Deliberate Self-Harm Inventory
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About Deliberate Self-Harm Inventory
The Deliberate Self-Harm Inventory (DSHI) is a 17-item, behaviorally based, a self-report questionnaire developed by the author to assess deliberate self-harm (see Appendix). The DSHI is based on the conceptual definition of deliberate self-harm as the deliberate, direct destruction or alteration of body tissue without conscious suicidal intent, but resulting in injury severe enough for tissue damage (e.g., scarring) to occur.
This measure assesses various aspects of deliberate self-harm, including frequency, severity, duration, and type of self-harming behaviour. The specific acts of deliberate self-harm listed in the questionnaire were based on clinical observations, numerous testimonies of individuals who engage in self-harming behaviour, and common behaviours reported in the literature.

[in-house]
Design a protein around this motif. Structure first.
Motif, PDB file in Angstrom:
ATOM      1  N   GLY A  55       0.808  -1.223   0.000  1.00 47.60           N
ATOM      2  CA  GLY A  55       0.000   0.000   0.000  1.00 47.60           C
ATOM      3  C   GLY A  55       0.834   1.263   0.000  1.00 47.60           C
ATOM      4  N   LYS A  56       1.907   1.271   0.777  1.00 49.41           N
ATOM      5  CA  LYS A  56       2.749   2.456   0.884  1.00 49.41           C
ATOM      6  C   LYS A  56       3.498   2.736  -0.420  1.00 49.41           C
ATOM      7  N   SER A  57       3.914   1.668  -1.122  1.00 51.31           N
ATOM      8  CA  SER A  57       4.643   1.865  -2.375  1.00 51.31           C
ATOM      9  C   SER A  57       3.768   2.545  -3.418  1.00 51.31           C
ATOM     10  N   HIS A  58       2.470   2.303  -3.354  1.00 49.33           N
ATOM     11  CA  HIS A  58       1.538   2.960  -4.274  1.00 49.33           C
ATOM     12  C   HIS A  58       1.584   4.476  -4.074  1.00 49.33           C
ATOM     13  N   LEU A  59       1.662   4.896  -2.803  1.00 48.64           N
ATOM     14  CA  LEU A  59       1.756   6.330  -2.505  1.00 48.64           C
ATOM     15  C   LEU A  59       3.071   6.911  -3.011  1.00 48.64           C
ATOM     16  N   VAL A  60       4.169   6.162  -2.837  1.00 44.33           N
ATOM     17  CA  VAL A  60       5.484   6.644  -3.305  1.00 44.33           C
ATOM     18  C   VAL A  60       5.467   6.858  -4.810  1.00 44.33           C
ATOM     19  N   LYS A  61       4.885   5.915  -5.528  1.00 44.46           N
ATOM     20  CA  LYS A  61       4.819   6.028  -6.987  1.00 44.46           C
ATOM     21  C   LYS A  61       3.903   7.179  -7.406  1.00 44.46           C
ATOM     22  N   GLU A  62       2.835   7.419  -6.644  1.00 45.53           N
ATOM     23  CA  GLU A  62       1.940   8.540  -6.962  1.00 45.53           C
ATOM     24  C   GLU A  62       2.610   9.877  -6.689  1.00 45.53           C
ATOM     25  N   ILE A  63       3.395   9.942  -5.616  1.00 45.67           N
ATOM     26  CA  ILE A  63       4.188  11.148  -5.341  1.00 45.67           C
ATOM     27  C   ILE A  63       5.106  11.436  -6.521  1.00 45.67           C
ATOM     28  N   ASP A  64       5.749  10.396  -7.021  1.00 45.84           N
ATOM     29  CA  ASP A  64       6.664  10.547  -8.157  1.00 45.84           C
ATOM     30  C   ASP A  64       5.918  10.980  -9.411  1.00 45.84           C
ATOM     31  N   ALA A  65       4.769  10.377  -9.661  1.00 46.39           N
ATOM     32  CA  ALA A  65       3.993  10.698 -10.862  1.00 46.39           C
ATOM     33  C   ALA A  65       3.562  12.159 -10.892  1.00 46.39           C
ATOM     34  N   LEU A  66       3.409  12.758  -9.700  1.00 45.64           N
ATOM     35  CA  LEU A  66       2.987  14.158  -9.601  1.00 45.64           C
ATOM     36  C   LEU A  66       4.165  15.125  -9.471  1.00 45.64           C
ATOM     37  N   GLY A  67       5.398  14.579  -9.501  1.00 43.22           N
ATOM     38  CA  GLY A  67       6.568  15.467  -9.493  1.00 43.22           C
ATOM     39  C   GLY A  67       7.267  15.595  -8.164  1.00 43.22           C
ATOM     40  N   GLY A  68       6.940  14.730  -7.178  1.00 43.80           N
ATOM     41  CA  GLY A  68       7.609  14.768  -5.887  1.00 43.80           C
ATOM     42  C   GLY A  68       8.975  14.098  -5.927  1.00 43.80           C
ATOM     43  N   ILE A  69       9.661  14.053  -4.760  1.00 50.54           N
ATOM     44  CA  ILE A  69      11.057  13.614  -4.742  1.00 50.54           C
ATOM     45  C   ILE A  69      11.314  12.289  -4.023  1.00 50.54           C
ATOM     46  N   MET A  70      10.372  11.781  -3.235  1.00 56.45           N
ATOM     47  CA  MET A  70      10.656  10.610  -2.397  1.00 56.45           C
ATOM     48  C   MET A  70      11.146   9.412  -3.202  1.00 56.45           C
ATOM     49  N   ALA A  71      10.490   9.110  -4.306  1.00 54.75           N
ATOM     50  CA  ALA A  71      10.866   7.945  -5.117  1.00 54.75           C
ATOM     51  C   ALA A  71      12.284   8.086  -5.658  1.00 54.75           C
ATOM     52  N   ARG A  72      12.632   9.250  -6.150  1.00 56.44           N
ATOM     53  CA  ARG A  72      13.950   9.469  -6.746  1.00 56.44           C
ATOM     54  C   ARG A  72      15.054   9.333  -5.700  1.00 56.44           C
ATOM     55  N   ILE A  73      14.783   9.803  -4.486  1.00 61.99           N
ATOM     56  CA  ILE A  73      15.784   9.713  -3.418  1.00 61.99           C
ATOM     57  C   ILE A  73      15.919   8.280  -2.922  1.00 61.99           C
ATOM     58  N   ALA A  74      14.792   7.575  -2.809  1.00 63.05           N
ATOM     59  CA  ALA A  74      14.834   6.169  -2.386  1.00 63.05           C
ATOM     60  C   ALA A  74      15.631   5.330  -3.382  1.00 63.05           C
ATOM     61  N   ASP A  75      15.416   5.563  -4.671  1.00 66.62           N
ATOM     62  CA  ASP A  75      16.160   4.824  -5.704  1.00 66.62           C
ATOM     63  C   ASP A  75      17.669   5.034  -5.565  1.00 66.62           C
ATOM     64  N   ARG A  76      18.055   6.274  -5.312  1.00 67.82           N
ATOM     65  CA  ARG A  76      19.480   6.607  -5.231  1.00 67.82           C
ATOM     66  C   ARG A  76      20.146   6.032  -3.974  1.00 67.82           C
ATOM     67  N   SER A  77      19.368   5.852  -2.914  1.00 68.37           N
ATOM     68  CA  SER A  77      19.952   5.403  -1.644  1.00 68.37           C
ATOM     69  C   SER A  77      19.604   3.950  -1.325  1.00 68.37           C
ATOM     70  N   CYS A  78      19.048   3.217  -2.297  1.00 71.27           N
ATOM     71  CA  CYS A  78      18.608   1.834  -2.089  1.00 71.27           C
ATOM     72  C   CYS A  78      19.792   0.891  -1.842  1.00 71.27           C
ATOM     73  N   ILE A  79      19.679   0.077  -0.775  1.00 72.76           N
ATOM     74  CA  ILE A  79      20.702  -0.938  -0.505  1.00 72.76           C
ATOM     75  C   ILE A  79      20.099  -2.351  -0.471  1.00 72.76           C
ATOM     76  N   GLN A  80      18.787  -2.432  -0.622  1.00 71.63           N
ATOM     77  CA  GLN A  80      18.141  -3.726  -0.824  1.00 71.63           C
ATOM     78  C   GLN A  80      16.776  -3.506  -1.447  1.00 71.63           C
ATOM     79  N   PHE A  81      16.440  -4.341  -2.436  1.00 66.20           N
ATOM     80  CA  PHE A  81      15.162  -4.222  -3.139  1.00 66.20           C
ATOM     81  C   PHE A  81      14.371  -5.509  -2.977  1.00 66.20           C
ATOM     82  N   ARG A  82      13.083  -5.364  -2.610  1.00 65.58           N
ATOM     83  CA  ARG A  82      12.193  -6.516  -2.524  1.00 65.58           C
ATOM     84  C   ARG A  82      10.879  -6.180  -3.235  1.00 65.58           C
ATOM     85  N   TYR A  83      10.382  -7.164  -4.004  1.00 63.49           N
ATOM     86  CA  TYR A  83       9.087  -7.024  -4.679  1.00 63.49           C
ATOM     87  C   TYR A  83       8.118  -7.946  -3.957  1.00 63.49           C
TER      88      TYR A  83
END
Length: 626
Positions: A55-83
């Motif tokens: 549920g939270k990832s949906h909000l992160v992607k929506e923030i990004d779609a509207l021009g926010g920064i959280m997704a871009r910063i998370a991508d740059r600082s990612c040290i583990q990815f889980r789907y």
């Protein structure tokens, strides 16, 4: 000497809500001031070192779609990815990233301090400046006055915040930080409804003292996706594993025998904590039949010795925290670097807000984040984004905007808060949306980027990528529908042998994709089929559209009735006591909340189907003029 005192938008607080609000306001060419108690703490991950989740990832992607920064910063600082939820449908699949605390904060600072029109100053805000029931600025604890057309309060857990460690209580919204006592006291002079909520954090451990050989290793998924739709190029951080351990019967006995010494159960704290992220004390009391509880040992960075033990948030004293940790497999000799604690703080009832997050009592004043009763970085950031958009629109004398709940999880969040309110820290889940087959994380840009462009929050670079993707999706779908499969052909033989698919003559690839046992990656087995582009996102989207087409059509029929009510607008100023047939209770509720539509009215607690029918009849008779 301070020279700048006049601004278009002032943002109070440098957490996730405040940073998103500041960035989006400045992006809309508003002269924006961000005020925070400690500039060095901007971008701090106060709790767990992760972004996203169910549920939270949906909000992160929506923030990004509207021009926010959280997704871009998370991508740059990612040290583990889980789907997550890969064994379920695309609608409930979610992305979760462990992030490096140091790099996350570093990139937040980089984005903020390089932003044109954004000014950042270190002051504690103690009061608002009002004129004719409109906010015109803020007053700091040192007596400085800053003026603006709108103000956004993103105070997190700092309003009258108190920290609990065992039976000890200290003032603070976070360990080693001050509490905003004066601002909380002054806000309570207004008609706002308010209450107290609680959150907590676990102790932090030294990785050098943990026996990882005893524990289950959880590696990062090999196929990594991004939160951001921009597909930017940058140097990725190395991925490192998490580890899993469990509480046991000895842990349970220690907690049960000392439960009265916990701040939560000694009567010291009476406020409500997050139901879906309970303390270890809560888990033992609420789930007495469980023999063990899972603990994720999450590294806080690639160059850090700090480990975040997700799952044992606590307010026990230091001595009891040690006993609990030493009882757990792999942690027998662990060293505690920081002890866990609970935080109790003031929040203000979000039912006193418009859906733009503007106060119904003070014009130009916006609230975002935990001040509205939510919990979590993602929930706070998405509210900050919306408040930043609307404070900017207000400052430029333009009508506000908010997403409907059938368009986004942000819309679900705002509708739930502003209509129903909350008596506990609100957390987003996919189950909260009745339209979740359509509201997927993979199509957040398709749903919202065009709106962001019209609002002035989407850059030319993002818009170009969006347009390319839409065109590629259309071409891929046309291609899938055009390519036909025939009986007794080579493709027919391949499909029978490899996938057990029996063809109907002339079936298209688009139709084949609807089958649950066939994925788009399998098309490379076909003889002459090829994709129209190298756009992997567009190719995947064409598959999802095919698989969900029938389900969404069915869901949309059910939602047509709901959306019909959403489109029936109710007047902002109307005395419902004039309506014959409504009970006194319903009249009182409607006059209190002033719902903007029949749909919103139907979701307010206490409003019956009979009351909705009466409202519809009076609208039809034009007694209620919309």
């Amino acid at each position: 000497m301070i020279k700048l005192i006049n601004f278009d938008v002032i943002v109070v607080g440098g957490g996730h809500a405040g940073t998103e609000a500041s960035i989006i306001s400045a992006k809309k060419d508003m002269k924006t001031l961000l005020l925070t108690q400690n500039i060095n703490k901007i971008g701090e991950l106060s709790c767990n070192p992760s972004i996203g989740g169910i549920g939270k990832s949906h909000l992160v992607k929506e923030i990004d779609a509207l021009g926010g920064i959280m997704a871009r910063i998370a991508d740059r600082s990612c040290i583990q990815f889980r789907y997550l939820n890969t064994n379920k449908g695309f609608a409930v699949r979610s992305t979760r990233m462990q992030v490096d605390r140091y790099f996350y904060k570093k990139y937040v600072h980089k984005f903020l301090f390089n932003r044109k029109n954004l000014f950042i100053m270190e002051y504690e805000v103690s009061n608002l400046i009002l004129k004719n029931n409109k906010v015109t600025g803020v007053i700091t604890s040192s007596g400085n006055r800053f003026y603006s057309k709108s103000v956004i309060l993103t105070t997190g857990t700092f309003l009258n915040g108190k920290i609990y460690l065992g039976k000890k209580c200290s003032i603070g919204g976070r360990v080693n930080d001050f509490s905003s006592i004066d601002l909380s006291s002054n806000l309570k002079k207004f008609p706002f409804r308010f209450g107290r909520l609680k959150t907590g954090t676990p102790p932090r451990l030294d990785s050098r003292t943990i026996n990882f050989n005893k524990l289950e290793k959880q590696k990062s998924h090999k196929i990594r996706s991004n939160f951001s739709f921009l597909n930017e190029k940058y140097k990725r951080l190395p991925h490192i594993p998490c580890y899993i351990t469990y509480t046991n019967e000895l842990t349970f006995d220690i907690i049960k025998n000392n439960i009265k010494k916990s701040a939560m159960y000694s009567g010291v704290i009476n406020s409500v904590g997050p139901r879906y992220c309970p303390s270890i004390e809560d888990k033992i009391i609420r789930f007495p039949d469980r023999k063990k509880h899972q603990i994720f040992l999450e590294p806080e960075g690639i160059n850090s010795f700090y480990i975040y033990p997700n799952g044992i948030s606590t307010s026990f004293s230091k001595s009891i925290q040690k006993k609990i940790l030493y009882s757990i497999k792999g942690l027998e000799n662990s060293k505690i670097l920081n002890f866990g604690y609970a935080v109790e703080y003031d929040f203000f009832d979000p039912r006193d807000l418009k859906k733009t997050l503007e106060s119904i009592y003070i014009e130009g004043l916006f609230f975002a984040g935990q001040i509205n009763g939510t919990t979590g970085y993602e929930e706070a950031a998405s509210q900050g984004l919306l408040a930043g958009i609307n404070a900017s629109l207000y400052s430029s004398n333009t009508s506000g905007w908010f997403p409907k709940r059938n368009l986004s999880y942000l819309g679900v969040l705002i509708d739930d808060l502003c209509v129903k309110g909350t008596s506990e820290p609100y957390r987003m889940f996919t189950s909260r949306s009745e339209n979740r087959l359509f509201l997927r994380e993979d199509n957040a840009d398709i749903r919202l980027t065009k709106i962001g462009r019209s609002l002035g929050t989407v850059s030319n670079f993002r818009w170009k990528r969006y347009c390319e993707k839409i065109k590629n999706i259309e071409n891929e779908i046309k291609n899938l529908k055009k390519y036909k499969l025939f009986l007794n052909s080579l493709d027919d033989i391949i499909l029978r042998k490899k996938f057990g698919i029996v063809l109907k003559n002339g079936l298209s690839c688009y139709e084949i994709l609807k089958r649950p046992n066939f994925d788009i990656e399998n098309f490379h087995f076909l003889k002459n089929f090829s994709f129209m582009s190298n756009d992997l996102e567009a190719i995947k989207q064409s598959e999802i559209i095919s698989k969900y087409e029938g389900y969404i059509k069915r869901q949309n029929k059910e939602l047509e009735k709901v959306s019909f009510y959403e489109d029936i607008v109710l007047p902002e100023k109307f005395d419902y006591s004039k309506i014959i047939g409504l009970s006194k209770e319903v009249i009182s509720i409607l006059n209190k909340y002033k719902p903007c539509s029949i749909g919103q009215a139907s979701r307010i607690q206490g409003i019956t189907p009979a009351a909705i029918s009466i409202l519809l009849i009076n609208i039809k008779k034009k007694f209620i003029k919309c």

In order to collect preliminary psychometric data on the DSHI, two variables were derived from information obtained from the DSHI. A continuous variable was created to measure the frequency of reported self-harm behaviour. Participants’ scores on the frequency questions for each of the 17 items (when Item 17 was judged to be a deliberate self-harm behaviour) were summed to create a variable of the total frequency of self-harm behaviour (including “0”).
A dichotomous self-harm variable was also created by assigning a score of “1” to participants who answered yes to any of the first 16 items on the DSHI, or whose affirmative answer to Item 17 on the DSHI described a behaviour consistent with the conceptual definition of self-harm described above. All other participants (i.e., those who did not answer “yes” to any of the DSHI items) were assigned a score of “0” on this dichotomous self-harm variable.